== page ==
Accountability in the Global Business Environment
- Corporations, Globalisation and the Law series
Chapter 4: Extra-territorial Legislation and Corporate Liability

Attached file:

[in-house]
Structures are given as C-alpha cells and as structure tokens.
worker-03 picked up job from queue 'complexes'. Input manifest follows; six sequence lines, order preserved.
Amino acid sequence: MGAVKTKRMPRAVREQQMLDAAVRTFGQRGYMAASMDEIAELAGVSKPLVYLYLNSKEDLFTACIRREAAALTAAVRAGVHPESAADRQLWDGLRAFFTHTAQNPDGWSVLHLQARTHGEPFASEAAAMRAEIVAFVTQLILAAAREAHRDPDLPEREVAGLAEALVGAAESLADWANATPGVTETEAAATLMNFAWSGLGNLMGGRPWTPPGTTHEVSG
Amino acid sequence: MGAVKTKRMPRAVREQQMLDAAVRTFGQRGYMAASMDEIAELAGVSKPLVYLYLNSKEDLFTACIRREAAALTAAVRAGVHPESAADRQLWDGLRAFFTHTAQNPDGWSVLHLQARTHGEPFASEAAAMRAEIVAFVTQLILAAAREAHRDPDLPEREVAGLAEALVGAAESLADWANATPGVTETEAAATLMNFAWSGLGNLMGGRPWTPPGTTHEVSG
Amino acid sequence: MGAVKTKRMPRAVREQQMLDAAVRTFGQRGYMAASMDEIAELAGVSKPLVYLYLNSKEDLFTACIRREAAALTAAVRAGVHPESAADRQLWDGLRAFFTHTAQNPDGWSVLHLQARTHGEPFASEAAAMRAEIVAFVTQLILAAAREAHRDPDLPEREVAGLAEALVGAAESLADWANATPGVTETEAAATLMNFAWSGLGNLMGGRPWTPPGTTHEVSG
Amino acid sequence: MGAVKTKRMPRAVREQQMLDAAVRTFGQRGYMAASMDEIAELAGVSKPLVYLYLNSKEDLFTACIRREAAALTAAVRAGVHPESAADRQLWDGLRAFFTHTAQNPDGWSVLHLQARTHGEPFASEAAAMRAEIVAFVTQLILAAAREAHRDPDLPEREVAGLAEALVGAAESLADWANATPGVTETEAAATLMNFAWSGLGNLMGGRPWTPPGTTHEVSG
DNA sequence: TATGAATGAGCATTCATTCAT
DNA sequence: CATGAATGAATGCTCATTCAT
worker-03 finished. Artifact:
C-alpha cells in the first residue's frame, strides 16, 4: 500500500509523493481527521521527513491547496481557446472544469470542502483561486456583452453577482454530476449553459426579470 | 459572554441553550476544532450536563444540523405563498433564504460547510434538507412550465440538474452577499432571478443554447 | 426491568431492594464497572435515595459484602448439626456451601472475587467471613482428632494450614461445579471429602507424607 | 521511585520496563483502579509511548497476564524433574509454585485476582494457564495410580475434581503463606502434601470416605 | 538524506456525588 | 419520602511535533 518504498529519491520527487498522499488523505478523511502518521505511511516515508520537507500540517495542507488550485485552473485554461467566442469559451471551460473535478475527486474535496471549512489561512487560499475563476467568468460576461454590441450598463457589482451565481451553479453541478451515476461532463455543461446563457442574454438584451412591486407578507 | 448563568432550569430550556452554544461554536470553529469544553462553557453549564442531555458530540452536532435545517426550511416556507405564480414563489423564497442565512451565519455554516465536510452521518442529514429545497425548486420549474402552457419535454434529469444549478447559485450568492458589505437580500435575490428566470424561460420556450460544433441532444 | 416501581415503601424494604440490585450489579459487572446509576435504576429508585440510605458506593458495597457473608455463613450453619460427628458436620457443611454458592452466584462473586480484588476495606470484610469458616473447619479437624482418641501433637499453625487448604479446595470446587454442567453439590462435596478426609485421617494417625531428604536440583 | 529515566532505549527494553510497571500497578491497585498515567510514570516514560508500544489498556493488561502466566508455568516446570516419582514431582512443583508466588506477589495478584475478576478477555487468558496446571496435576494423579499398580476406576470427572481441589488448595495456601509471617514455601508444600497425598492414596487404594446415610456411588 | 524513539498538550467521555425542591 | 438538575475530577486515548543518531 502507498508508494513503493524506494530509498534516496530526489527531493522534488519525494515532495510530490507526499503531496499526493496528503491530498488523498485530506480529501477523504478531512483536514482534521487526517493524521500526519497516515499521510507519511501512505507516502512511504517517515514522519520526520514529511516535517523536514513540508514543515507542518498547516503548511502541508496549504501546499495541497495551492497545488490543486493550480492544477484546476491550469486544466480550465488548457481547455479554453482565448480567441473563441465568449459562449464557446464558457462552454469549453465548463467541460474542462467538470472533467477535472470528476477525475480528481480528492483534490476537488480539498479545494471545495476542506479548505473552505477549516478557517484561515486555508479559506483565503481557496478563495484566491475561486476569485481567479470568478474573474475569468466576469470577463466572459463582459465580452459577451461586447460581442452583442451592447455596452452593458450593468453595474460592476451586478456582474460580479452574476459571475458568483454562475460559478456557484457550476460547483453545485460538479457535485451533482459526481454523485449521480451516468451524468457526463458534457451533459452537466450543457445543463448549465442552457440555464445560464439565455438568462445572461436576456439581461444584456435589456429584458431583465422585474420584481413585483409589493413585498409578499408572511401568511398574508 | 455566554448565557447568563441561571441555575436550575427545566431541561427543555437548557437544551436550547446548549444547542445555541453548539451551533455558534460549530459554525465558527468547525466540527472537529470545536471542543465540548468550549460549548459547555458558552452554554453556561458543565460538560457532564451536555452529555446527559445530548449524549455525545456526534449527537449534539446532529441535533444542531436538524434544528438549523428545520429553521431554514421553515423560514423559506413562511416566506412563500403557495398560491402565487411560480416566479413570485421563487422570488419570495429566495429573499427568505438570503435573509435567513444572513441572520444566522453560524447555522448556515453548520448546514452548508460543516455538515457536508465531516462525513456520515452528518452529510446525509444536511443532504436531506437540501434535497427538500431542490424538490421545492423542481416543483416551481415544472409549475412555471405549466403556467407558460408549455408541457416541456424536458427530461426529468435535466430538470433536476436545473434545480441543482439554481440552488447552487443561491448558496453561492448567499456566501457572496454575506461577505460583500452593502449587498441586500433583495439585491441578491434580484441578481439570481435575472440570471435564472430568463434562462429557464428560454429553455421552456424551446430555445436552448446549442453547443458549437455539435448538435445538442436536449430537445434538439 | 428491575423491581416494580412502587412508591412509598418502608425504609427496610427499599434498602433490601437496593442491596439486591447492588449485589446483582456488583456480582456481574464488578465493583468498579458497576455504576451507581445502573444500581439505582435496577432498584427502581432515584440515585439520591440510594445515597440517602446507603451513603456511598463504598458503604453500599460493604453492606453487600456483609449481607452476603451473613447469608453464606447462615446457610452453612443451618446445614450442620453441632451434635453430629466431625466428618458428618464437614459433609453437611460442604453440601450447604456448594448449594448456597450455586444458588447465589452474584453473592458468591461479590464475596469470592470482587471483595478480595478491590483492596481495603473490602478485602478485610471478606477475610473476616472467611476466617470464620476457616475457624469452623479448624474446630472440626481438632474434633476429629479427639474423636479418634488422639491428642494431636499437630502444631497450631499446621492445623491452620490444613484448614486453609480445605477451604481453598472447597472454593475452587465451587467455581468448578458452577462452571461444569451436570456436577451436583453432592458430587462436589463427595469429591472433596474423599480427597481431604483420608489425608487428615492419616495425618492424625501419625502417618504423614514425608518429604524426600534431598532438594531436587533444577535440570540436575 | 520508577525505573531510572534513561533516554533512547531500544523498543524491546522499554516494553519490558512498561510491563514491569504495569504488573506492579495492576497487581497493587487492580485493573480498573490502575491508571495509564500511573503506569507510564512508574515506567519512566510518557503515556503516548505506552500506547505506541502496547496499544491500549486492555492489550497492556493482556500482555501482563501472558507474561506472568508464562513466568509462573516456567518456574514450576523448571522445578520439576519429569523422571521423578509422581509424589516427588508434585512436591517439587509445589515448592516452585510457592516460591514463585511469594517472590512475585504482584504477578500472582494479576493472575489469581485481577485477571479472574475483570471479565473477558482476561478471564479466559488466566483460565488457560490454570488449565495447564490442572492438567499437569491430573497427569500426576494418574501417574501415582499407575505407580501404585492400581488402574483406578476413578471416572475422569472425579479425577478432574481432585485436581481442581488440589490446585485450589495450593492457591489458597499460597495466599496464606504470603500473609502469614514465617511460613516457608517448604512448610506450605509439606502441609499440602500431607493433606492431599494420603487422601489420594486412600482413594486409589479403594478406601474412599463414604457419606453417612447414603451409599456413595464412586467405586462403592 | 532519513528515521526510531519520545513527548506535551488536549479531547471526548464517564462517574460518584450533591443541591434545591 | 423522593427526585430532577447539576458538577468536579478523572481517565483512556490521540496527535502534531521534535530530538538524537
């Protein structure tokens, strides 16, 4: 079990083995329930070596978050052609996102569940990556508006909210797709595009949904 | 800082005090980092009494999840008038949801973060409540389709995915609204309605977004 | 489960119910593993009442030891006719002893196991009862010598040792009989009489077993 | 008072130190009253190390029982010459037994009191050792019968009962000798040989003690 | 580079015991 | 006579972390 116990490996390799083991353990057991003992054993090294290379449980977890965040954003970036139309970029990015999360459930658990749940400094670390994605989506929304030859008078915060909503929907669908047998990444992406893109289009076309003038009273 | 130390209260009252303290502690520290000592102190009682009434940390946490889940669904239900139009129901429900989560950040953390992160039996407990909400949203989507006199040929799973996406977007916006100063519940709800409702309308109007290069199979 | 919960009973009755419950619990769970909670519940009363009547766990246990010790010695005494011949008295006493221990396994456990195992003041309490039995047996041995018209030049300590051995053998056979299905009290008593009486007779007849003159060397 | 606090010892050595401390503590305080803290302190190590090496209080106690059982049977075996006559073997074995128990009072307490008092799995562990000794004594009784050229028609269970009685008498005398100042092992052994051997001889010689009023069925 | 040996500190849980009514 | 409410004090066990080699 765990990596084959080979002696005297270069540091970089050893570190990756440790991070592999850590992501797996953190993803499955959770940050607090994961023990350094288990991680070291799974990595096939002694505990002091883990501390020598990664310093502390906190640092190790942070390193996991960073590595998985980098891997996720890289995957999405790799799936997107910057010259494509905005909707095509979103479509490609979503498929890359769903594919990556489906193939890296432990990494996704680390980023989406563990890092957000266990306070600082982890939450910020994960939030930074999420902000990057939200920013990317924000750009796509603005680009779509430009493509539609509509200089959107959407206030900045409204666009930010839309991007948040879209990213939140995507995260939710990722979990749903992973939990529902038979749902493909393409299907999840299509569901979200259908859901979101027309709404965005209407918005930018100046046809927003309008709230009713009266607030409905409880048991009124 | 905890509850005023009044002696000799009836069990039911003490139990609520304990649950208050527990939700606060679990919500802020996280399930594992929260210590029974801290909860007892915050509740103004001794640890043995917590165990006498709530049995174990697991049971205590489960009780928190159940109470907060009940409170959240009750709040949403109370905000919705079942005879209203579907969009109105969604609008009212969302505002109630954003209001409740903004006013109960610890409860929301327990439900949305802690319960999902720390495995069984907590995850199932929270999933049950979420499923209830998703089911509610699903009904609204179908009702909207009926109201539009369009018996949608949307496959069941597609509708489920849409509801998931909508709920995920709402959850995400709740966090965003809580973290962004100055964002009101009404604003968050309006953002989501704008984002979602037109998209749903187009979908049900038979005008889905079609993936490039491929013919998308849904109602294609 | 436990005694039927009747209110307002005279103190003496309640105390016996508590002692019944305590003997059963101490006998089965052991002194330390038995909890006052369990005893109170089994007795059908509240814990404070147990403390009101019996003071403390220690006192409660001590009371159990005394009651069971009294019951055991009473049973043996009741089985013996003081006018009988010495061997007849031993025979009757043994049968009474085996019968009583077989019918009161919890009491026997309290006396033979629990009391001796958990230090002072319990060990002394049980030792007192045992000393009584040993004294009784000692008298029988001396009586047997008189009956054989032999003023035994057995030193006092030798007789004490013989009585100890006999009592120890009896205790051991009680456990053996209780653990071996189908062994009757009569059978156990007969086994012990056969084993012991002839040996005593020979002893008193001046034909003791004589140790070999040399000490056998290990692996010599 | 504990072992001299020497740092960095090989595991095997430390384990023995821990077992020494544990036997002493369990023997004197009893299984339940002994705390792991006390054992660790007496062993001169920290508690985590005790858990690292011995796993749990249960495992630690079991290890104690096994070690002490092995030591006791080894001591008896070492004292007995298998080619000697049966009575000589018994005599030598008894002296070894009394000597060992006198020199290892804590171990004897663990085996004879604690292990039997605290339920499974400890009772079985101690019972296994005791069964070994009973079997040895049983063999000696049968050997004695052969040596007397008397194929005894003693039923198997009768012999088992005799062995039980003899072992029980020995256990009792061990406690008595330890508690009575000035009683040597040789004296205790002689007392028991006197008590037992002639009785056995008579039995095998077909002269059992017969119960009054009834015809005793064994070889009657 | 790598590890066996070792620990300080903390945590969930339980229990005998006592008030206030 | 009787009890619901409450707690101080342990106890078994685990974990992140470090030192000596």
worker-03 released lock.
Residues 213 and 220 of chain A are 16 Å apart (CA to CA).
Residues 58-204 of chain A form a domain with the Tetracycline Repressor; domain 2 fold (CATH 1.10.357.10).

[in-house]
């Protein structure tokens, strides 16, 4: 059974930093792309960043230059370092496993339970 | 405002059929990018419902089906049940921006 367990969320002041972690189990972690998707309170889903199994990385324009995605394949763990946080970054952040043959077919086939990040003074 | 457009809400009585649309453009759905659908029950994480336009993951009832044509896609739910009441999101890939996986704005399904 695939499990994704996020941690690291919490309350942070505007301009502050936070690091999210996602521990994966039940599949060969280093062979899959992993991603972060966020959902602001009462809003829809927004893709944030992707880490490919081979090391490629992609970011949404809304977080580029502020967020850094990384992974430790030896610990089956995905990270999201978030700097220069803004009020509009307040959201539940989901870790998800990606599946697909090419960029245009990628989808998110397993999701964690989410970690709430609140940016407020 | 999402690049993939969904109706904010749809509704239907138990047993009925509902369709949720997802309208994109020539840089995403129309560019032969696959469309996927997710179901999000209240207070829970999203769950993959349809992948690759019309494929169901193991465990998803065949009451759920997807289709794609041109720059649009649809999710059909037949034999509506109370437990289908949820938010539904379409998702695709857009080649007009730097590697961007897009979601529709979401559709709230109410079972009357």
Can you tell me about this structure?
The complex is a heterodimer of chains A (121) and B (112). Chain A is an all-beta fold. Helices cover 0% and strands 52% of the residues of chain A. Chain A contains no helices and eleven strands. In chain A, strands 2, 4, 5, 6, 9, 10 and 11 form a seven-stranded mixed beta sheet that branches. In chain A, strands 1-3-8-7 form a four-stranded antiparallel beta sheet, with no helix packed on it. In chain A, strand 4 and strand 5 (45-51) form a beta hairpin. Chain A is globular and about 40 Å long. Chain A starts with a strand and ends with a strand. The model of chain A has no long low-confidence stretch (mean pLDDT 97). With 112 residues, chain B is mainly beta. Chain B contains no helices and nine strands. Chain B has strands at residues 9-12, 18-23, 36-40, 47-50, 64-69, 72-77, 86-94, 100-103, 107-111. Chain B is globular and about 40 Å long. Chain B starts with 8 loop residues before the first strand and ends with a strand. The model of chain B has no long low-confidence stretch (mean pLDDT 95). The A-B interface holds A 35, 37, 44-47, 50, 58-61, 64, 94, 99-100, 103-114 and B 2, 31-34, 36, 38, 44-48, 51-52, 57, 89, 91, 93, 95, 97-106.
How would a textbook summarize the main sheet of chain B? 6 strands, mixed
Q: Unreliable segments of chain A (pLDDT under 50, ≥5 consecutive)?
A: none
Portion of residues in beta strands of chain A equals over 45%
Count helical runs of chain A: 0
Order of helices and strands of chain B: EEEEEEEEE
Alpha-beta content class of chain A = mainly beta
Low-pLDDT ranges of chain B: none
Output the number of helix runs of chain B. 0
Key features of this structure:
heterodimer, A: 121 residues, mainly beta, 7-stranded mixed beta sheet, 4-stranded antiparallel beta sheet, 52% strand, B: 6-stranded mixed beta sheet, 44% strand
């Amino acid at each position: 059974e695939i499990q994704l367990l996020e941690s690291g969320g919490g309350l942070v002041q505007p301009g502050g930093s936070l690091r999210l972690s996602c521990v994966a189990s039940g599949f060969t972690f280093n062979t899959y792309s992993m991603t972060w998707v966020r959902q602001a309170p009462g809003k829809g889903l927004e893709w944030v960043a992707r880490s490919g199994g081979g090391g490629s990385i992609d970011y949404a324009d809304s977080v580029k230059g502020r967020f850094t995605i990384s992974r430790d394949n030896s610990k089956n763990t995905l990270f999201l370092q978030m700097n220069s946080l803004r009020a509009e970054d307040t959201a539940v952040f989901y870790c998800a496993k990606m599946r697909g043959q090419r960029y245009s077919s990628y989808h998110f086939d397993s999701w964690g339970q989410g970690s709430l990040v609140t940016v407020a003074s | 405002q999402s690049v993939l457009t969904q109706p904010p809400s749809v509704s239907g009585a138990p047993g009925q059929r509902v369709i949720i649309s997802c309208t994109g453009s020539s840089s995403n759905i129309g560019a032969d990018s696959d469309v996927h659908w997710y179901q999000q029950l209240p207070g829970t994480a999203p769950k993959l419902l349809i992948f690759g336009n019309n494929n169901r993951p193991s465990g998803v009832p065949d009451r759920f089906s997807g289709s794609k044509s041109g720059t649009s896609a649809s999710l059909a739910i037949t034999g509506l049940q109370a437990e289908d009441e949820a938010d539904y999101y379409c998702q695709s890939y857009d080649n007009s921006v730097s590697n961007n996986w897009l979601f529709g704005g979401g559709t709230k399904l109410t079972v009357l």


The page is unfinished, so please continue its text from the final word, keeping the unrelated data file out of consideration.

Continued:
Transnational cases based on harm caused to communities in developing countries by TNCs have recently been litigated in several home states. This chapter examines these cases, and explores how governments and courts in home states have sought to render locally incorporated TNCs legally liable for the effects of their business activities overseas. Many capital exporting nations have attempted to overcome the legal obstacles discussed in Chapter 3, so that parent companies can no longer escape from liability for the actions of their overseas subsidiaries. In particular, legislators have passed, or tried to pass, extra-territorial legislation aimed at regulating the activities of local corporations abroad. Such legislation has included regulatory ‘codes of conduct’ for local corporations drafted to have extra-territorial effect, and statutes aimed at extending the local law of torts to facilitate prosecution of local parent companies for wrongs occurring overseas. Most states also have laws imposing criminal liability on corporations for offences such as money laundering and corruption (especially bribery). The whole question of the extent to which corporations, as legal persons, can be held criminally liable is dealt with in Chapter 5. This chapter explores civil law avenues for rendering TNCs liable for harms caused by their activities outside the home state. A. THE LEGALITY OF EXTRA-TERRITORIAL LEGISLATION AND THE EXERCISE OF STATE JURISDICTION UNDER INTERNATIONAL LAW The main obstacles to the enactment of extra-territorial legislation making parent companies liable for the harmful effects of their activities overseas have been political, not legal. The enactment of extra-territorial legislation...
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